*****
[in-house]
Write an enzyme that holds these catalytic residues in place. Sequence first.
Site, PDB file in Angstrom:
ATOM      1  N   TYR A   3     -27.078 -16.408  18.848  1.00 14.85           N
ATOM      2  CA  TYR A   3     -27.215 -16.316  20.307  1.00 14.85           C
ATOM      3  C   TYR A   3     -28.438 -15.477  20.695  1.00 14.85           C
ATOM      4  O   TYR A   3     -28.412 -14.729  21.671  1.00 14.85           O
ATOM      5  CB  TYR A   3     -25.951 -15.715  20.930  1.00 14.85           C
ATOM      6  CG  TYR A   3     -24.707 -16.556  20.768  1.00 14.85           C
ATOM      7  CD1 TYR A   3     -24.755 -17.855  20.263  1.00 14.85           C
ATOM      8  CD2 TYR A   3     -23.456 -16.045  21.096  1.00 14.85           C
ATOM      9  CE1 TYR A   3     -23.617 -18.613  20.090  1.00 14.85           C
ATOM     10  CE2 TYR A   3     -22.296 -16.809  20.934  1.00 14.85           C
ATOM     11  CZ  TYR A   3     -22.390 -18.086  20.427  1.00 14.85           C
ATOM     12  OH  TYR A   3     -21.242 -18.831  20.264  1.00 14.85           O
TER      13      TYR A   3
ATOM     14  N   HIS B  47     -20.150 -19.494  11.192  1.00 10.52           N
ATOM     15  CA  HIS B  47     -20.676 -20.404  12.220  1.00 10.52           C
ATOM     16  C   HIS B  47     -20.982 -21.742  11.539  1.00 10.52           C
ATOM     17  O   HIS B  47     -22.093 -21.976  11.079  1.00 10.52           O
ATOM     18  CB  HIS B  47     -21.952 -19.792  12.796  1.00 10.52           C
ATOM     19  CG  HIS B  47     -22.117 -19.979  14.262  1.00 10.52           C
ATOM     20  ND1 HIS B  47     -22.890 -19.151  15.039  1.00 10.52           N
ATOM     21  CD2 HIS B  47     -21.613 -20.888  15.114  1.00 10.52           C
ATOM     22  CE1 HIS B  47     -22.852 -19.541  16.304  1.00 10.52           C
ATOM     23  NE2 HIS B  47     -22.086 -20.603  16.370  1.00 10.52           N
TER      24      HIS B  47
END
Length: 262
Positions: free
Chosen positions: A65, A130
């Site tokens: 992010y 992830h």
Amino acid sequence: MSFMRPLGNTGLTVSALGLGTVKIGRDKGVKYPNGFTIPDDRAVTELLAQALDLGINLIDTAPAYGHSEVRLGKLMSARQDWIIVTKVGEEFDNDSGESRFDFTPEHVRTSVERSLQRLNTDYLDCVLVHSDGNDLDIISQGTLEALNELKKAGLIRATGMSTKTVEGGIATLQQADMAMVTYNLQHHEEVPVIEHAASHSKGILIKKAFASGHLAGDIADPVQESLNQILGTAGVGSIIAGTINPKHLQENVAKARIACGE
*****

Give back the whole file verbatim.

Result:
[in-house]
Write an enzyme that holds these catalytic residues in place. Sequence first.
Site, PDB file in Angstrom:
ATOM      1  N   TYR A   3     -27.078 -16.408  18.848  1.00 14.85           N
ATOM      2  CA  TYR A   3     -27.215 -16.316  20.307  1.00 14.85           C
ATOM      3  C   TYR A   3     -28.438 -15.477  20.695  1.00 14.85           C
ATOM      4  O   TYR A   3     -28.412 -14.729  21.671  1.00 14.85           O
ATOM      5  CB  TYR A   3     -25.951 -15.715  20.930  1.00 14.85           C
ATOM      6  CG  TYR A   3     -24.707 -16.556  20.768  1.00 14.85           C
ATOM      7  CD1 TYR A   3     -24.755 -17.855  20.263  1.00 14.85           C
ATOM      8  CD2 TYR A   3     -23.456 -16.045  21.096  1.00 14.85           C
ATOM      9  CE1 TYR A   3     -23.617 -18.613  20.090  1.00 14.85           C
ATOM     10  CE2 TYR A   3     -22.296 -16.809  20.934  1.00 14.85           C
ATOM     11  CZ  TYR A   3     -22.390 -18.086  20.427  1.00 14.85           C
ATOM     12  OH  TYR A   3     -21.242 -18.831  20.264  1.00 14.85           O
TER      13      TYR A   3
ATOM     14  N   HIS B  47     -20.150 -19.494  11.192  1.00 10.52           N
ATOM     15  CA  HIS B  47     -20.676 -20.404  12.220  1.00 10.52           C
ATOM     16  C   HIS B  47     -20.982 -21.742  11.539  1.00 10.52           C
ATOM     17  O   HIS B  47     -22.093 -21.976  11.079  1.00 10.52           O
ATOM     18  CB  HIS B  47     -21.952 -19.792  12.796  1.00 10.52           C
ATOM     19  CG  HIS B  47     -22.117 -19.979  14.262  1.00 10.52           C
ATOM     20  ND1 HIS B  47     -22.890 -19.151  15.039  1.00 10.52           N
ATOM     21  CD2 HIS B  47     -21.613 -20.888  15.114  1.00 10.52           C
ATOM     22  CE1 HIS B  47     -22.852 -19.541  16.304  1.00 10.52           C
ATOM     23  NE2 HIS B  47     -22.086 -20.603  16.370  1.00 10.52           N
TER      24      HIS B  47
END
Length: 262
Positions: free
Chosen positions: A65, A130
């Site tokens: 992010y 992830h």
Amino acid sequence: MSFMRPLGNTGLTVSALGLGTVKIGRDKGVKYPNGFTIPDDRAVTELLAQALDLGINLIDTAPAYGHSEVRLGKLMSARQDWIIVTKVGEEFDNDSGESRFDFTPEHVRTSVERSLQRLNTDYLDCVLVHSDGNDLDIISQGTLEALNELKKAGLIRATGMSTKTVEGGIATLQQADMAMVTYNLQHHEEVPVIEHAASHSKGILIKKAFASGHLAGDIADPVQESLNQILGTAGVGSIIAGTINPKHLQENVAKARIACGE